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05 Mar 2012, 08:53
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ENAFEX wrote:
Tried to solve this using the numbers given but I am not able to proceed. Please help. Just curious to know. Thanks.

Say the length of each piece = 20.

So Circumference =20
perimeter of square = 4*side
So length of side = 20/4 = 5.

How do I proceed further?

The length of each piece = 20;

Circumference of the circle is $$2\pi{r}=20$$ --> $$r=\frac{10}{\pi}$$ --> $$area=\pi{r^2}=\frac{100}{\pi}$$;
Perimeter of the square $$4*side=20$$ --> $$side=5$$ --> $$area=5^2=25$$;

The total area is $$\frac{100}{\pi}+25$$. Now, you should substitute the value of $$r=\frac{10}{\pi}$$ in the answer choices and see which one gives $$\frac{100}{\pi}+25$$. Answer choice E works.

Hope it helps.
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Re: A thin piece of wire 40 meters long is cut into two pieces. [#permalink]

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01 Dec 2013, 21:52
Let the perimeter of circle be x---->2pi*r=x----(1)
Let the perimeter of square be 40-x---->4S=40-x
Substitute value of x from(1)
----->S=(40/4)-(2pi*r/4)
----->S=10-pi*r/2
----->$$S^2=(10-pi*r/2)^2$$
Therefore total area is $$pi*r^2+(10-pi*r/2)^2$$

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Re: A thin piece of wire 40 meters long is cut into two pieces. [#permalink]

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11 Dec 2013, 20:31
A thin piece of wire 40 meters long is cut into two pieces. One piece is used to form a circle with radius r, and the other is used to form a square. No wire is left over. Which of the following represents the total area, in square meters, of the circular and the square regions in terms of r?

Originally, I said that the perimeter of both objects was S (for the square) and 40-S for the circle. Why couldn't I solve the problem using S and 40-S? What is the thought process for this question or others that require similar reasoning?

Anyways, we are told that the wire is cut to form the shape (i.e. the perimeter of the square and the circle) The perimeter of the square is L*4 and the perimeter of the circle is pi*d. The perimeter for the square is 40-pi*d where pi*d represents the perimeter. To find the area, we can get the length of one of the sides of the square so we must find a leg length. (40-pi*d)/4 = 10-[(pi*d)/4]. The area of the circle is simply pi*r^2

A. \pi*r^2
B. \pi*r^2 + 10
C. \pi*r^2 + \frac{1}{4}*\pi^2*r^2
D. \pi*r^2 + (40 - 2\pi*r)^2
E. \pi*r^2 + (10 - \frac{1}{2}\pi*r)^2

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Re: A thin piece of wire 40 meters long is cut into two pieces. [#permalink]

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12 Dec 2013, 02:46
WholeLottaLove wrote:
A thin piece of wire 40 meters long is cut into two pieces. One piece is used to form a circle with radius r, and the other is used to form a square. No wire is left over. Which of the following represents the total area, in square meters, of the circular and the square regions in terms of r?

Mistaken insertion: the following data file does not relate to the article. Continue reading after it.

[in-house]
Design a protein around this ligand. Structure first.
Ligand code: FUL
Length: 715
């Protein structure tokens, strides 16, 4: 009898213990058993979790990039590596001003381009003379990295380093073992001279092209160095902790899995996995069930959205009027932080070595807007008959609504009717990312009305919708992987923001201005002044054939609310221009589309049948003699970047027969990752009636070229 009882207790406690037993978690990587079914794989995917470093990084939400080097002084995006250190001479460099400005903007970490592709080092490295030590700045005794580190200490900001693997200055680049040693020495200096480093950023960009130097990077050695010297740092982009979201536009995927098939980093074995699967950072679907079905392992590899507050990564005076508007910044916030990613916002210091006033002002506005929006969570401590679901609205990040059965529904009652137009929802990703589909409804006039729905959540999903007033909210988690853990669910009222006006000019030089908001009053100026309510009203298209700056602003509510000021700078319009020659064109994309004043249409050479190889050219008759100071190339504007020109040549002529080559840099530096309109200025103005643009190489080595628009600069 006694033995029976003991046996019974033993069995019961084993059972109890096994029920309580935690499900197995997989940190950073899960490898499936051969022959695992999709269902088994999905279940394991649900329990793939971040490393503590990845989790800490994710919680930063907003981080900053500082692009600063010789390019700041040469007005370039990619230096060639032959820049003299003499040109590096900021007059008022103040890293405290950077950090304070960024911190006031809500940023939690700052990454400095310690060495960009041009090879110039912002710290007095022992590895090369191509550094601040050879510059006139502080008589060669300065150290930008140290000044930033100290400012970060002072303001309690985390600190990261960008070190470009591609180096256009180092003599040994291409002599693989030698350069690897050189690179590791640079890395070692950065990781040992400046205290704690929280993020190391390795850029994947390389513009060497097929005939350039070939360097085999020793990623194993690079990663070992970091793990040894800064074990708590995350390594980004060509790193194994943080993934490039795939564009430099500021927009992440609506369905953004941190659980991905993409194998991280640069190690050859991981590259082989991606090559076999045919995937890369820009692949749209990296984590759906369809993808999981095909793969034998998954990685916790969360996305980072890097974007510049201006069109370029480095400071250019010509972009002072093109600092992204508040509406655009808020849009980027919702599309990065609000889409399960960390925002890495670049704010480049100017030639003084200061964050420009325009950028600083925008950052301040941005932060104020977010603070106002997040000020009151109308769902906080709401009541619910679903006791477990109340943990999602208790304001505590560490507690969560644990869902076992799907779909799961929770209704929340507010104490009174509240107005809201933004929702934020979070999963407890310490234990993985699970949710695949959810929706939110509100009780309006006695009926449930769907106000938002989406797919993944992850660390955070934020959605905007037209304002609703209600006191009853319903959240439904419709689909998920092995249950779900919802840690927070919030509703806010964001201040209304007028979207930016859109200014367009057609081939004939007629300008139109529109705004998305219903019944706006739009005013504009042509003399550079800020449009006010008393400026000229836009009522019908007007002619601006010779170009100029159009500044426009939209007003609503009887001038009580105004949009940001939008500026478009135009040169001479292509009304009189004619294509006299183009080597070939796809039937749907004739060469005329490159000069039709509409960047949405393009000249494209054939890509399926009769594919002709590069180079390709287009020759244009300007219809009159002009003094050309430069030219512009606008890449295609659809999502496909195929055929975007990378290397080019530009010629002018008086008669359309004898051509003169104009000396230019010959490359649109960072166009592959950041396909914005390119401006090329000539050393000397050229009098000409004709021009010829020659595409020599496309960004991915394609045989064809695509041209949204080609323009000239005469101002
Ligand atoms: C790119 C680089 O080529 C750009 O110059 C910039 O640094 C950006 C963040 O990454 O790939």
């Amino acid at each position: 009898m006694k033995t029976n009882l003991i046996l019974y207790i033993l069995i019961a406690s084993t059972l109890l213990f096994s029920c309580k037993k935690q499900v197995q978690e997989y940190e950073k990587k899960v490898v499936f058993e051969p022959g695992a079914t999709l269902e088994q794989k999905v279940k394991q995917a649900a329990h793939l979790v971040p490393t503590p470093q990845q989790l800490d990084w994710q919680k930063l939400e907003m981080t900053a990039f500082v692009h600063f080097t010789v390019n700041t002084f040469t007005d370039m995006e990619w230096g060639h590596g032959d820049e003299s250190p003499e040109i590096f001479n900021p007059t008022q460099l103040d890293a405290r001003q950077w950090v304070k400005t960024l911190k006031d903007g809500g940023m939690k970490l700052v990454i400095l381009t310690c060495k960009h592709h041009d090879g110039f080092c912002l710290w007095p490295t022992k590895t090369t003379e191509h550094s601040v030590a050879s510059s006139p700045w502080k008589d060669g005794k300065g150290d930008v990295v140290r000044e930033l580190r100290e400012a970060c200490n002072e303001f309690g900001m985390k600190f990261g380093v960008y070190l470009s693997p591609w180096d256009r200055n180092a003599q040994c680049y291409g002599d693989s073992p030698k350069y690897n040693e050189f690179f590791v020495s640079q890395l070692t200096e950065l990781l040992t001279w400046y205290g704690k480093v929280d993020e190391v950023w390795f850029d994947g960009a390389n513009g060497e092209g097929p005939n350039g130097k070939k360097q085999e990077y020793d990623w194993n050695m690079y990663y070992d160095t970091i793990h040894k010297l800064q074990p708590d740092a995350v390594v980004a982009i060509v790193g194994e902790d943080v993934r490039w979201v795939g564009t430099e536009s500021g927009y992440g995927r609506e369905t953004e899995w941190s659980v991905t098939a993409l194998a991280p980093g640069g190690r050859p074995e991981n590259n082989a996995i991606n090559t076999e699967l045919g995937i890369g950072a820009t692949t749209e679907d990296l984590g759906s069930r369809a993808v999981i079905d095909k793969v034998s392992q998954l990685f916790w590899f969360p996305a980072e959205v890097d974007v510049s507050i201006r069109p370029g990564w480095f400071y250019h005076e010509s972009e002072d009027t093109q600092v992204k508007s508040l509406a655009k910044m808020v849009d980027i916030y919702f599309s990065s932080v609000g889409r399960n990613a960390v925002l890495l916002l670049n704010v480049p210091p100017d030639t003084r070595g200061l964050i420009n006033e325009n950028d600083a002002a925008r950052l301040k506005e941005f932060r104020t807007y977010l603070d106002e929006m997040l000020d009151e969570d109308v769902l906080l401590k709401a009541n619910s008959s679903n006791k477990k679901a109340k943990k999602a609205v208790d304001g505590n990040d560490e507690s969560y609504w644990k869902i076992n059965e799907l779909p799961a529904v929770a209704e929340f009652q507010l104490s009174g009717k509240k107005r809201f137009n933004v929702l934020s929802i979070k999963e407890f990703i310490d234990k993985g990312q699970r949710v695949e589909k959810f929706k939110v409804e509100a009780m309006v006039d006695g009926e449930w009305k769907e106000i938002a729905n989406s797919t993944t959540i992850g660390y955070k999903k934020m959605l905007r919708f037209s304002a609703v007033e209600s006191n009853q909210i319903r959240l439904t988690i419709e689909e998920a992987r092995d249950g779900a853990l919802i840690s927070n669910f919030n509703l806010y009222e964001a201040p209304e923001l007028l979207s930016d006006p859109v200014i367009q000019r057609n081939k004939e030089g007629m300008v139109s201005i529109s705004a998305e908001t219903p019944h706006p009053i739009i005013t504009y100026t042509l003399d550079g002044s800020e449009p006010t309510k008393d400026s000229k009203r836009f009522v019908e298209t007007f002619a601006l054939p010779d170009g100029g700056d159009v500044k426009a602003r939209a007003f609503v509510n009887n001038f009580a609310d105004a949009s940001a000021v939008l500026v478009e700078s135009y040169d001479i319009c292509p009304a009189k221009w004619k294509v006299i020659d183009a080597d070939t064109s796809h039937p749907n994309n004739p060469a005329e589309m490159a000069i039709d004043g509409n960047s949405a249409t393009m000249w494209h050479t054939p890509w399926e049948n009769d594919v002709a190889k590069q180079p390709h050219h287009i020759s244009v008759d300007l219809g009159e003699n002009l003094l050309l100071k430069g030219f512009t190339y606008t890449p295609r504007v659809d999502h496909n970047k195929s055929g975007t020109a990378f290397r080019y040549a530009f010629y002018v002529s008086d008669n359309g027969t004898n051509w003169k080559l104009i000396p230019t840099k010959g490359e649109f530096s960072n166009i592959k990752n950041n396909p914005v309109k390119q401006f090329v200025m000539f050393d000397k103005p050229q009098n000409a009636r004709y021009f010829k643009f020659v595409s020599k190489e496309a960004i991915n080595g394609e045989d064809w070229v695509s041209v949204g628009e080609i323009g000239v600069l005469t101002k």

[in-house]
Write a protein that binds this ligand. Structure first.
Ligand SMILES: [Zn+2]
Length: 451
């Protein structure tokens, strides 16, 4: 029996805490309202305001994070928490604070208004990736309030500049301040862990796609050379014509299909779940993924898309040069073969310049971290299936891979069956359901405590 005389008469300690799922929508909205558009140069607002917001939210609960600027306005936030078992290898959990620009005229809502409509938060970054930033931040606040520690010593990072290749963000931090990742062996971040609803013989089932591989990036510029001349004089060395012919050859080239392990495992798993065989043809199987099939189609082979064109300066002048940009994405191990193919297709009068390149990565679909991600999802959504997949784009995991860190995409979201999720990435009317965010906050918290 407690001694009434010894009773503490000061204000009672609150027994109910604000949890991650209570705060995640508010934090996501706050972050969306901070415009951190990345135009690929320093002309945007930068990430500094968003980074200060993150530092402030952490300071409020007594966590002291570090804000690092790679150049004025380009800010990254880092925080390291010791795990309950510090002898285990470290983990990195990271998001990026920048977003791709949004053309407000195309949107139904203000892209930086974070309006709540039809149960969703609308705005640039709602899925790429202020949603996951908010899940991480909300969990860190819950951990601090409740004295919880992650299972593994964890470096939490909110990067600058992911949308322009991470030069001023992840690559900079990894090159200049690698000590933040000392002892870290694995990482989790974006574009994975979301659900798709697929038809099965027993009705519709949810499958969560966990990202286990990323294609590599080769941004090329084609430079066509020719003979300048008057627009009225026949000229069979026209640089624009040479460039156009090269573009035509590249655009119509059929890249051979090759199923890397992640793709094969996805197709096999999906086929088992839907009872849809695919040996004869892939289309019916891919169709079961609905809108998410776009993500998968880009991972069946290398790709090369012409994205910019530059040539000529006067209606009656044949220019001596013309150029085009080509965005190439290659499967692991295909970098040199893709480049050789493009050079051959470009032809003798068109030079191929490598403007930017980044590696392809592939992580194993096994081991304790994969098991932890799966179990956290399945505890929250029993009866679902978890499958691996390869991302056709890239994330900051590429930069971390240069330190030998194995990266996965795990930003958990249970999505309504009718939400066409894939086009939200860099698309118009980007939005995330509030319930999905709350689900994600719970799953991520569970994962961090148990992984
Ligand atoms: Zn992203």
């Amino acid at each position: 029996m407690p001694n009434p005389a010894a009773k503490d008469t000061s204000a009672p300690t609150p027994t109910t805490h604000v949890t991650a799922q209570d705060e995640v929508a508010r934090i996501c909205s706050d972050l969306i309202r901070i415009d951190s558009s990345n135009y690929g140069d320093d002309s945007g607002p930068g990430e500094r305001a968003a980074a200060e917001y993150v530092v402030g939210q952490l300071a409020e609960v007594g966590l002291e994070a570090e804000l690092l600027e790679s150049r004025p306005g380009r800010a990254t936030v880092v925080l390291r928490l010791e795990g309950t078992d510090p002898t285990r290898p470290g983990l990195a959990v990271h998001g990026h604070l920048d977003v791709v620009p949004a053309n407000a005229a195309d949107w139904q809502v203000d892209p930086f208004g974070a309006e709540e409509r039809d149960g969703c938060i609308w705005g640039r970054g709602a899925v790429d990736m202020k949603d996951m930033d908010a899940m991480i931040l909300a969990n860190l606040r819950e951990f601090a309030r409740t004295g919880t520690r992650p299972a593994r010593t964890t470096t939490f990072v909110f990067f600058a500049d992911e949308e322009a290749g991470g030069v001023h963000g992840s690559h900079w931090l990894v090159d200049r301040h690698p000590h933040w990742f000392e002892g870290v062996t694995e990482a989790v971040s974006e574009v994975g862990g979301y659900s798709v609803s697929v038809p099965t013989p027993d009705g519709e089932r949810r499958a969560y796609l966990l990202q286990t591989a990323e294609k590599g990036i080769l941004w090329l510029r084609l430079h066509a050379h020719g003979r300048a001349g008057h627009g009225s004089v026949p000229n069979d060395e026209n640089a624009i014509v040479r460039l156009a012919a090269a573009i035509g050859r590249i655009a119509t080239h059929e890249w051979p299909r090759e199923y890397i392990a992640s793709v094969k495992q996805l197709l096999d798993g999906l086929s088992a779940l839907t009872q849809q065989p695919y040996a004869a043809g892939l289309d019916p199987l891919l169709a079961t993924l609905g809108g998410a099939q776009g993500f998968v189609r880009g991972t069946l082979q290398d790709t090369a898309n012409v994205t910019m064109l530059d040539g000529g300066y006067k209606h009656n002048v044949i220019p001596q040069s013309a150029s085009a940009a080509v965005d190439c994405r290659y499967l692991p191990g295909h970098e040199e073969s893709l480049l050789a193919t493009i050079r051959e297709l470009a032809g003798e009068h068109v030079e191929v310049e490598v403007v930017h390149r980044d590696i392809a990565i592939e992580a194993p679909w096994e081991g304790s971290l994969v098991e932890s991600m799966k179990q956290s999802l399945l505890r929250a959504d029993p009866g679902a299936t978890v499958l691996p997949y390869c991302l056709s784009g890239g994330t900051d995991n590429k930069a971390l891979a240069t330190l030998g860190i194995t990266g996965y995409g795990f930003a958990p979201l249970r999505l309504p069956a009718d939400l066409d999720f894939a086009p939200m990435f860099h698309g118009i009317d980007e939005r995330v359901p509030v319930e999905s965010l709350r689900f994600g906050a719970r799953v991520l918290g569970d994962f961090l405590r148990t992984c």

Originally, I said that the perimeter of both objects was S (for the square) and 40-S for the circle. Why couldn't I solve the problem using S and 40-S? What is the thought process for this question or others that require similar reasoning?

Anyways, we are told that the wire is cut to form the shape (i.e. the perimeter of the square and the circle) The perimeter of the square is L*4 and the perimeter of the circle is pi*d. The perimeter for the square is 40-pi*d where pi*d represents the perimeter. To find the area, we can get the length of one of the sides of the square so we must find a leg length. (40-pi*d)/4 = 10-[(pi*d)/4]. The area of the circle is simply pi*r^2

A. \pi*r^2
B. \pi*r^2 + 10
C. \pi*r^2 + \frac{1}{4}*\pi^2*r^2
D. \pi*r^2 + (40 - 2\pi*r)^2
E. \pi*r^2 + (10 - \frac{1}{2}\pi*r)^2

Not sure I understand your question but your solution is basically the same as this: a-thin-piece-of-paper-40-mt-long-106671.html#p839272
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Re: A THIN PIECE OF PAPER 40 MT LONG [#permalink]

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25 Dec 2013, 00:35
Bunuel wrote:
A thin piece of wire 40 meters long is cut into two pieces. One piece is used to form a circle with radius r, and the other is used to form a square. No wire is left over. Which of the following represents the total area, in square meters, of the circular and the square regions in terms of r?

A. $$\pi*r^2$$
B. $$\pi*r^2 + 10$$
C. $$\pi*r^2 + \frac{1}{4}*\pi^2*r^2$$
D. $$\pi*r^2 + (40 - 2\pi*r)^2$$
E. $$\pi*r^2 + (10 - \frac{1}{2}\pi*r)^2$$

The area of a circle will be - $$\pi{r^2}$$ and $$2\pi{r}$$ meters of wire will be used;
There will be $$40-2\pi{r}$$ meters of wire left for a square. Side of this square will be $$\frac{40-2\pi{r}}{4}=10-\frac{\pi{r}}{2}$$, hence the area of the square will be $$(10-\frac{\pi{r}}{2})^2$$.

The total area will be - $$\pi{r^2}+(10-\frac{\pi{r}}{2})^2$$.

Bunuel- the perimeter of the circle and the square are the same, so: 2(pi)r=4a (a being one side of the square).
a= (pi)r/2
area of square in terms of r: a^2= (pi)^2*r^2/4
wont this mean that option c is also correct? what am I missing?

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Re: A THIN PIECE OF PAPER 40 MT LONG [#permalink]

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25 Dec 2013, 02:52